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The effects of impulsivity and proactive inhibition on reactive inhibition and the go process: insights from vocal and manual stop signal tasks.

Castro-Meneses LJ, Johnson BW, Sowman PF - Front Hum Neurosci (2015)

Bottom Line: Our aim was to evaluate the effect stop probability would have on reactive and proactive inhibition.We tested 44 subjects and found that for the high compared to low probability stop signal condition, more proactive inhibition was evident and this was correlated with a reduction in the stop signal reaction time (SSRT).We found that reactive inhibition had a positive relationship with dysfunctional but not functional impulsivity in both vocal and manual domains of responding.

View Article: PubMed Central - PubMed

Affiliation: Department of Cognitive Science, Australian Research Council Centre of Excellence in Cognition and its Disorders, Macquarie University North Ryde, NSW, Australia ; Department of Cognitive Science, Perception in Action Research Centre, Macquarie University North Ryde, NSW, Australia.

ABSTRACT
This study measured proactive and reactive response inhibition and their relationships with self-reported impulsivity. We examined the domains of both vocal and manual responding using a stop signal task (SST) with two stop probabilities: high and low probability stop (1/3 and 1/6 stops respectively). Our aim was to evaluate the effect stop probability would have on reactive and proactive inhibition. We tested 44 subjects and found that for the high compared to low probability stop signal condition, more proactive inhibition was evident and this was correlated with a reduction in the stop signal reaction time (SSRT). We found that reactive inhibition had a positive relationship with dysfunctional but not functional impulsivity in both vocal and manual domains of responding. These findings support the hypothesis that proactive inhibition may pre-activate the network for reactive inhibition.

No MeSH data available.


Trial structure of the stop-signal task (SST). There were three main trial types: certain go, uncertain go and stop trials. Certain go trials were signaled by a blue circle and always required to either press a response button (manual-responses) or produce the short vowel sound “ɪ” as it would occur in the word “hit/hɪt/”(vocal-responses). Uncertain go trials were signaled by a yellow circle and required a response as in the certain go trials. Finally, stop trials started as uncertain go trials but after the stop signal delay (SSD), a stop-signal was presented, which was signaled by a purple circle. Participants were instructed to attempt to withhold their responses on seeing the stop signal. In the high probability stop condition, stop signals occurred following 2/3 of the uncertain go signals whereas in the low probability stop condition stop signals occurred following 1/3 of the uncertain go signals.
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Figure 1: Trial structure of the stop-signal task (SST). There were three main trial types: certain go, uncertain go and stop trials. Certain go trials were signaled by a blue circle and always required to either press a response button (manual-responses) or produce the short vowel sound “ɪ” as it would occur in the word “hit/hɪt/”(vocal-responses). Uncertain go trials were signaled by a yellow circle and required a response as in the certain go trials. Finally, stop trials started as uncertain go trials but after the stop signal delay (SSD), a stop-signal was presented, which was signaled by a purple circle. Participants were instructed to attempt to withhold their responses on seeing the stop signal. In the high probability stop condition, stop signals occurred following 2/3 of the uncertain go signals whereas in the low probability stop condition stop signals occurred following 1/3 of the uncertain go signals.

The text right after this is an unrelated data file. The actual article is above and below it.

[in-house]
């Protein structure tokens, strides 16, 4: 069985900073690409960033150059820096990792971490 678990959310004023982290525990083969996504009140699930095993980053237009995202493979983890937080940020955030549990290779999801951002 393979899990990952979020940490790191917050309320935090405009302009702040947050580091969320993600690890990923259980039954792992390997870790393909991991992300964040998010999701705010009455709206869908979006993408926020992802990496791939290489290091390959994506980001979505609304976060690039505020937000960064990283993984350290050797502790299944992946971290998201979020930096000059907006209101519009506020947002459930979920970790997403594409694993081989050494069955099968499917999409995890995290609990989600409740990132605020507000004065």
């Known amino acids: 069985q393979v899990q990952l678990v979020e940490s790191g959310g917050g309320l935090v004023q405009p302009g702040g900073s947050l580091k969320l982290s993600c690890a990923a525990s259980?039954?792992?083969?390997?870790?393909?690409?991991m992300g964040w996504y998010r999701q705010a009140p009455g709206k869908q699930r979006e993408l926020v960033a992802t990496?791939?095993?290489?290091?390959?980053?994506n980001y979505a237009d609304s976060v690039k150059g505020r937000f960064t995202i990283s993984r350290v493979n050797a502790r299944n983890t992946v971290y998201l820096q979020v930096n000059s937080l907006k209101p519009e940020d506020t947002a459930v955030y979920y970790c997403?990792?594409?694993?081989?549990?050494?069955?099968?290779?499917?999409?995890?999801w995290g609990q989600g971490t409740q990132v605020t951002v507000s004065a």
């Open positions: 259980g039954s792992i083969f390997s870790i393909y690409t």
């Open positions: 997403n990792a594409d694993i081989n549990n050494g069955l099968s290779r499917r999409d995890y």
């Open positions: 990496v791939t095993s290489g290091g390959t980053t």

Mentions: This study implemented a variant of the stop-signal task or SST (Logan and Cowan, 1984; Logan, 1994). It contained three types of trials (certain go, uncertain go, and stop) that all occurred within every block. All trials began with a black fixation cross appearing in the center of a white background; the duration of fixation randomly varied between 1 and 2.5 s. Certain go trials consisted of a simple reaction time task where participants were required to respond as quickly as possible to the certain go-signal, which was indicated by the onset of a blue circle, 10.5 cm in diameter (see Figure 1) in the center of the monitor. Certain go trials made up 50% of the total trial number. For manual responses, participants were asked to press a response button as quickly as possible whereas for vocal responses, participants were asked to make the short vowel sound “ɪ” as it would occur in the word “hit/hɪt/.” The other half of the trials was uncertain go trials in which the onset of yellow circle was the signal to initiate a response. The uncertainty in this trial type was created by the possibility of a stop signal following the go signal (yellow circle). The stop signal could appear with a probability of either one third or two thirds of all uncertain go trials. Hereafter we refer to these as low probability and high probability stop signals respectively. Participants were required to respond to the yellow circle as if this was a blue circle unless the stop-signal appeared.